Qatar says its hosting of World Cup 'not up for discussion'

FILE- In this Friday, Dec. 3, 2010 file photo, Qataris wave the national flag as they celebrate in Doha a day after the world footballs governing body FIFA announced that the tiny Gulf state will host the 2022 World Cup. Qatar on Wednesday strongly The Associated Press
FILE- In this Friday, Dec. 3, 2010 file photo, Qataris wave the national flag as they celebrate in Doha a day after the world football's governing body FIFA announced that the tiny Gulf state will host the 2022 World Cup. Qatar on Wednesday strongly criticized Emirati officials for questioning Doha's hosting of the 2022 FIFA World Cup, saying that the tournament "is not up for discussion or negotiation" amid a diplomatic crisis engulfing the region. (AP Photo/Osama Faisal, File)

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Qatar on Wednesday strongly criticized Emirati officials for questioning Doha's hosting of the 2022 FIFA World Cup, saying that the tournament "is not up for discussion or negotiation" amid a diplomatic crisis engulfing the region.

Four Arab nations, including the United Arab Emirates, have been boycotting Qatar for months, in part over allegations that it supports extremists and has overly warm ties to Iran. Qatar, which hosts a major U.S. military base, has long denied supporting extremists.

Qatar's Government Communications Office said the attempt by Emirati officials to link the games to the dispute shows that the boycott "is founded on petty jealousy, not real concerns."

"This demand is a clear attempt to undermine our independence. The World Cup, like our sovereignty, is not up for discussion or negotiation," it added.

Organizers of the Middle East's first World Cup urged regional rivals to rally behind the "once-in-a-lifetime opportunity for us all" and stop the blockade.

"We've always taken the simple position that sport is elevated from conflict and that the 2022 FIFA World Cup in Qatar will be a platform to bring people together, separate from any political ideology," the supreme committee said in a statement.

"We also see the tournament as a powerful tool for Qatar and the region to counter extremism and reject terrorism."

Lobbying firms and interest groups funded by the boycotting Arab nations increasingly have focused on Qatar's hosting of the soccer tournament. They've pointed to allegations of corruption surrounding Qatar's winning bid, as well as the conditions that laborers working in Qatar face in building infrastructure for the games. Such conditions are prevalent across Gulf Arab nations.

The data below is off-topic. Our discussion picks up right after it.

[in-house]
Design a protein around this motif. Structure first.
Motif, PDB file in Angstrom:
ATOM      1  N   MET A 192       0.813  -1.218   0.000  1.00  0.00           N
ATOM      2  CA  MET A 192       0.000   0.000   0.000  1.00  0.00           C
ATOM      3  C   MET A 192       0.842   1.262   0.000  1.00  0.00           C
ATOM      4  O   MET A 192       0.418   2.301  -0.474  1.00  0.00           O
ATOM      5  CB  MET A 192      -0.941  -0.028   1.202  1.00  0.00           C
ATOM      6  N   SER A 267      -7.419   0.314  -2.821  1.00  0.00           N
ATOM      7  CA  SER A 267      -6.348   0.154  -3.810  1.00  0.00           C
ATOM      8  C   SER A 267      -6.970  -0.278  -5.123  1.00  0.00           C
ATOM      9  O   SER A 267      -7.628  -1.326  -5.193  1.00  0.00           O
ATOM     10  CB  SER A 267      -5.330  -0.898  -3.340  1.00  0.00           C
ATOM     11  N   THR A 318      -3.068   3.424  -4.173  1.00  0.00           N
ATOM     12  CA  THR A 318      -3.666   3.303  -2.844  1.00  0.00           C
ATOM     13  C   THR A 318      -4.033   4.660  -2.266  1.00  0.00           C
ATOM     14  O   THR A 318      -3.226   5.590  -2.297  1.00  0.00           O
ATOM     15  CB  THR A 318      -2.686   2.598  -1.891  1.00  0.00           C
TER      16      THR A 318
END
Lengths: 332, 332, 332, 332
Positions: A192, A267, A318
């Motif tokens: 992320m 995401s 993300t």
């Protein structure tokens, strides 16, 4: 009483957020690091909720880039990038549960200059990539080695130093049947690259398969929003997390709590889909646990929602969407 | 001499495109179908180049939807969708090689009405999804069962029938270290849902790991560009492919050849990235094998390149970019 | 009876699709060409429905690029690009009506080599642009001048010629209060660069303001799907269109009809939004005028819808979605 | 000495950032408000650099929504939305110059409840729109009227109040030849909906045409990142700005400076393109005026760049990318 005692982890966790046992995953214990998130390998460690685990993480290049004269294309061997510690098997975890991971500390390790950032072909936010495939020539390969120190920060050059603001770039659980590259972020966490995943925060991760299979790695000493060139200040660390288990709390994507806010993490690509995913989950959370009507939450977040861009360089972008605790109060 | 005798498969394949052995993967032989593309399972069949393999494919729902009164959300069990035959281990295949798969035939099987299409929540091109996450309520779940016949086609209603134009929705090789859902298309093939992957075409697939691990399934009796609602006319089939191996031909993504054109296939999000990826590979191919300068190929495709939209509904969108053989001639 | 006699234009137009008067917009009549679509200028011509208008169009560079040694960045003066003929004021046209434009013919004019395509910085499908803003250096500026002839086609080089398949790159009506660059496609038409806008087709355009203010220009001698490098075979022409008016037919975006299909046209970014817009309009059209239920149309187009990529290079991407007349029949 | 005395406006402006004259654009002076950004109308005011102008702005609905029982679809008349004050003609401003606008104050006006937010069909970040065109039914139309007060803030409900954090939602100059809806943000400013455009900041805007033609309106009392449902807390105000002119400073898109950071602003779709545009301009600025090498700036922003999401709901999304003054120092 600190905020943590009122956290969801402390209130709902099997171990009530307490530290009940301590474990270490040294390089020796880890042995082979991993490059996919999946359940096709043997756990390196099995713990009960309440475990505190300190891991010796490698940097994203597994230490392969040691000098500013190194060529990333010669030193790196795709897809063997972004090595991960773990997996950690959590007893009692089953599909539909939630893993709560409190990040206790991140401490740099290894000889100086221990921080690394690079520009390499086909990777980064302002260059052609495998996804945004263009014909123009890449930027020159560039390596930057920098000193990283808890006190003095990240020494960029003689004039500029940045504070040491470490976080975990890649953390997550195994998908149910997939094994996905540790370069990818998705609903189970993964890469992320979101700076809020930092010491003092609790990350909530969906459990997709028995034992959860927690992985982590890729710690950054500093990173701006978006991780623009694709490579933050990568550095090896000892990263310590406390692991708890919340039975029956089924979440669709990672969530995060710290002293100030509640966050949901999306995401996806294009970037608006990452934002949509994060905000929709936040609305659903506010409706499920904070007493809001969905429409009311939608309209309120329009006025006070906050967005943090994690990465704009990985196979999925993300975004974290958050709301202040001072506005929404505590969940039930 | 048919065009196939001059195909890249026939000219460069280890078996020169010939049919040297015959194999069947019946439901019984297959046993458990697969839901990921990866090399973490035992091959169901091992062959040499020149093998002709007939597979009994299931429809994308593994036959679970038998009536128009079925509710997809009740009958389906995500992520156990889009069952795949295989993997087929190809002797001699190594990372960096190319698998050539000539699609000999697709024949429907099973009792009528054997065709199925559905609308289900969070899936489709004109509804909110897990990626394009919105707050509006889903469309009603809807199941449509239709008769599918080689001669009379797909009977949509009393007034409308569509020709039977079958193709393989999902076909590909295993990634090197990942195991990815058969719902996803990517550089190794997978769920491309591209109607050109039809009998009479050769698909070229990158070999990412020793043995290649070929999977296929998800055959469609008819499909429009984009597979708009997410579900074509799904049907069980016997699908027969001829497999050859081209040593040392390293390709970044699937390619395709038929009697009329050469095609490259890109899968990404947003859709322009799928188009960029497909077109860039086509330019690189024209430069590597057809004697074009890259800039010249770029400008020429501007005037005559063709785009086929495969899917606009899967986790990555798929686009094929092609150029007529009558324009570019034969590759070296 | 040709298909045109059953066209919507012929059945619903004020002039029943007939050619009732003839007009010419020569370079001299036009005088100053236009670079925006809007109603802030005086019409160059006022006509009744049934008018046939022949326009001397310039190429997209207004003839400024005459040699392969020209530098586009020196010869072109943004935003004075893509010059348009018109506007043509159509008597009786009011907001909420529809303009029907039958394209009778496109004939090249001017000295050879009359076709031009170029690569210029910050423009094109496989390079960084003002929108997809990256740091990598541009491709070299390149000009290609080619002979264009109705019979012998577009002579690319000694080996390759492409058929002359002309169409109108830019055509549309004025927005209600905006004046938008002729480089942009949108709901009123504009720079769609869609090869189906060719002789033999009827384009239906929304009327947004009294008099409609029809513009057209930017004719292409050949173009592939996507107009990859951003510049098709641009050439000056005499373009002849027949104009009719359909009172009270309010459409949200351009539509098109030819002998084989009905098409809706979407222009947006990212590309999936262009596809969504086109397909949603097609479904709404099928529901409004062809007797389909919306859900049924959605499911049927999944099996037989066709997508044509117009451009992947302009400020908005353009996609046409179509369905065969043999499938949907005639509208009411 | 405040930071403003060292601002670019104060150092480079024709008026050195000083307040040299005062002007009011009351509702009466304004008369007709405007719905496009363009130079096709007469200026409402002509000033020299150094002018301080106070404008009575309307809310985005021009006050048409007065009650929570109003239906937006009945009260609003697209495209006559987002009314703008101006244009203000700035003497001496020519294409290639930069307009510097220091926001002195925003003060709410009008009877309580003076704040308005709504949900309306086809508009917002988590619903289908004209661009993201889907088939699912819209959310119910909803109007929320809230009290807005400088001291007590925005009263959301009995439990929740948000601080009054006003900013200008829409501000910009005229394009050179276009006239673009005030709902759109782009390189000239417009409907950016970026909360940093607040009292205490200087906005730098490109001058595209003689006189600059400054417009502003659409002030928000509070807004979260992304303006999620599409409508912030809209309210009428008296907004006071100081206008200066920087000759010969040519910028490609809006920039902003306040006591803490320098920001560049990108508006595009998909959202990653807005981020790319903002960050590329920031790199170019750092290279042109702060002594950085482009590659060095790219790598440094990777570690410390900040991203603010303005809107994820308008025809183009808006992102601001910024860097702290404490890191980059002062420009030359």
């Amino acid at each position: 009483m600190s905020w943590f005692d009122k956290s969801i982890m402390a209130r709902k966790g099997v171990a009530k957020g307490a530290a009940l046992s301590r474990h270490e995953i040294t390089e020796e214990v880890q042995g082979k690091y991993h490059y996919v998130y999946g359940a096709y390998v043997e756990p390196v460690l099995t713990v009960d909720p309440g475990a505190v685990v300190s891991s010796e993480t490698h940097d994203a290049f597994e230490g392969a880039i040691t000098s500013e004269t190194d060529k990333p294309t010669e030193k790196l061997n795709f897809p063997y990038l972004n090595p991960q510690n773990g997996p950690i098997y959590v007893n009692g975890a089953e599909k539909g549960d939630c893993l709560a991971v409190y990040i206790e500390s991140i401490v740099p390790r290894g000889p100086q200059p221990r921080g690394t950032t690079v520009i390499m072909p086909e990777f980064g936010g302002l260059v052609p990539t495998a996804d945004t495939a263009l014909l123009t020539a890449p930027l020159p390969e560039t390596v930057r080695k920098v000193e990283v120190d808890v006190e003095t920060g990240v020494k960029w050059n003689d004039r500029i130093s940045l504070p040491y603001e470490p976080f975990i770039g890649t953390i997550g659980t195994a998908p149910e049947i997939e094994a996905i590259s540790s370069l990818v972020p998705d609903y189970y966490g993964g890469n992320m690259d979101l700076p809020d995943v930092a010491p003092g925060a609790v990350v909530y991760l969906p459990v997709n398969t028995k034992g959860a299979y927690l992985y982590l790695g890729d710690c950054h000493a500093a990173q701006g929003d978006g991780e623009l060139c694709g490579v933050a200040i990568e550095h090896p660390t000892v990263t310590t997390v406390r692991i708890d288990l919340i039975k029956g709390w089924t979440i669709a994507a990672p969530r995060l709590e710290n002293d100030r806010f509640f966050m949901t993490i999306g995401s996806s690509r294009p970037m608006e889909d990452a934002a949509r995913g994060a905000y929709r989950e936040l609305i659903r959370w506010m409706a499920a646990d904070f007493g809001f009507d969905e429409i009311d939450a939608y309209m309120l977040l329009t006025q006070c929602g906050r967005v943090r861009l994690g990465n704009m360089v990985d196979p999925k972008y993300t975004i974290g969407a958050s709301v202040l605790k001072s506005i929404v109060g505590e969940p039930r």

On Sunday, a Dubai security official wrote on Twitter that the only way for "Qatar's crisis" to end is if Doha gives up the tournament. Lt. Gen. Dhahi Khalfan later said his "personal analysis" of the financial pressure Doha faces in hosting the games had been misunderstood.

On Tuesday, Emirati Minister of State for Foreign Affairs Anwar Gargash followed up by writing on Twitter that Qatar's hosting of the games should "include a repudiation of policies supporting extremism & terrorism."

Bahrain, Egypt, Saudi Arabia and the UAE began their boycott of Qatar on June 5. Mediation efforts by Kuwait, the U.S. and others so far have failed to resolve the diplomatic crisis, the worst to hit the Gulf since Iraq's 1990 invasion of Kuwait.

When Qatar's sole land border with Saudi Arabia was closed and sea traffic cut off by the boycott, World Cup organizers were forced to instigate a "Plan B," including bringing in supplies from Turkey. Qatari authorities say their efforts at building stadiums and infrastructure for the tournament remain on track.

"Even today, when we are faced with the current illegal blockade, we stand resolute that everybody will be welcome when the first ball is kicked on 21 November 2022," Qatar's World Cup supreme committee said.

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Associated Press writers Malak Harb in Dubai, United Arab Emirates and Rob Harris in London contributed to this report.